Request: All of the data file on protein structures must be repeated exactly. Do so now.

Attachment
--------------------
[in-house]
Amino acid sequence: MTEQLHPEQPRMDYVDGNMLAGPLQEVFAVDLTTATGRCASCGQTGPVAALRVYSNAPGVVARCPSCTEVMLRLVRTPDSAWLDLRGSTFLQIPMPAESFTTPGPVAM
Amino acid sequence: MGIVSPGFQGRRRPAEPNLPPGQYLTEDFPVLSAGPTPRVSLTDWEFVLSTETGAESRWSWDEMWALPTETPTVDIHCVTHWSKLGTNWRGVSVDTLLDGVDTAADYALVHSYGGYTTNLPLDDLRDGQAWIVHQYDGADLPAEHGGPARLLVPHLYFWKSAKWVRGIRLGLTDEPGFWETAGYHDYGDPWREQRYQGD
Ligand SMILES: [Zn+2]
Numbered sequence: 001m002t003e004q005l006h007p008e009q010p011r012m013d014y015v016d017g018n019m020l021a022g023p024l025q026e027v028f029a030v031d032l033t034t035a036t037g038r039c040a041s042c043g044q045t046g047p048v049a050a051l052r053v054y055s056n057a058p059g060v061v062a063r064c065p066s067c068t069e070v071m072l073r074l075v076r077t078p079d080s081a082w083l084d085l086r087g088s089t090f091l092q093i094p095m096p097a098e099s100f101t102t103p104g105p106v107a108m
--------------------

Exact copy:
[in-house]
Amino acid sequence: MTEQLHPEQPRMDYVDGNMLAGPLQEVFAVDLTTATGRCASCGQTGPVAALRVYSNAPGVVARCPSCTEVMLRLVRTPDSAWLDLRGSTFLQIPMPAESFTTPGPVAM
Amino acid sequence: MGIVSPGFQGRRRPAEPNLPPGQYLTEDFPVLSAGPTPRVSLTDWEFVLSTETGAESRWSWDEMWALPTETPTVDIHCVTHWSKLGTNWRGVSVDTLLDGVDTAADYALVHSYGGYTTNLPLDDLRDGQAWIVHQYDGADLPAEHGGPARLLVPHLYFWKSAKWVRGIRLGLTDEPGFWETAGYHDYGDPWREQRYQGD
Ligand SMILES: [Zn+2]
Numbered sequence: 001m002t003e004q005l006h007p008e009q010p011r012m013d014y015v016d017g018n019m020l021a022g023p024l025q026e027v028f029a030v031d032l033t034t035a036t037g038r039c040a041s042c043g044q045t046g047p048v049a050a051l052r053v054y055s056n057a058p059g060v061v062a063r064c065p066s067c068t069e070v071m072l073r074l075v076r077t078p079d080s081a082w083l084d085l086r087g088s089t090f091l092q093i094p095m096p097a098e099s100f101t102t103p104g105p106v107a108m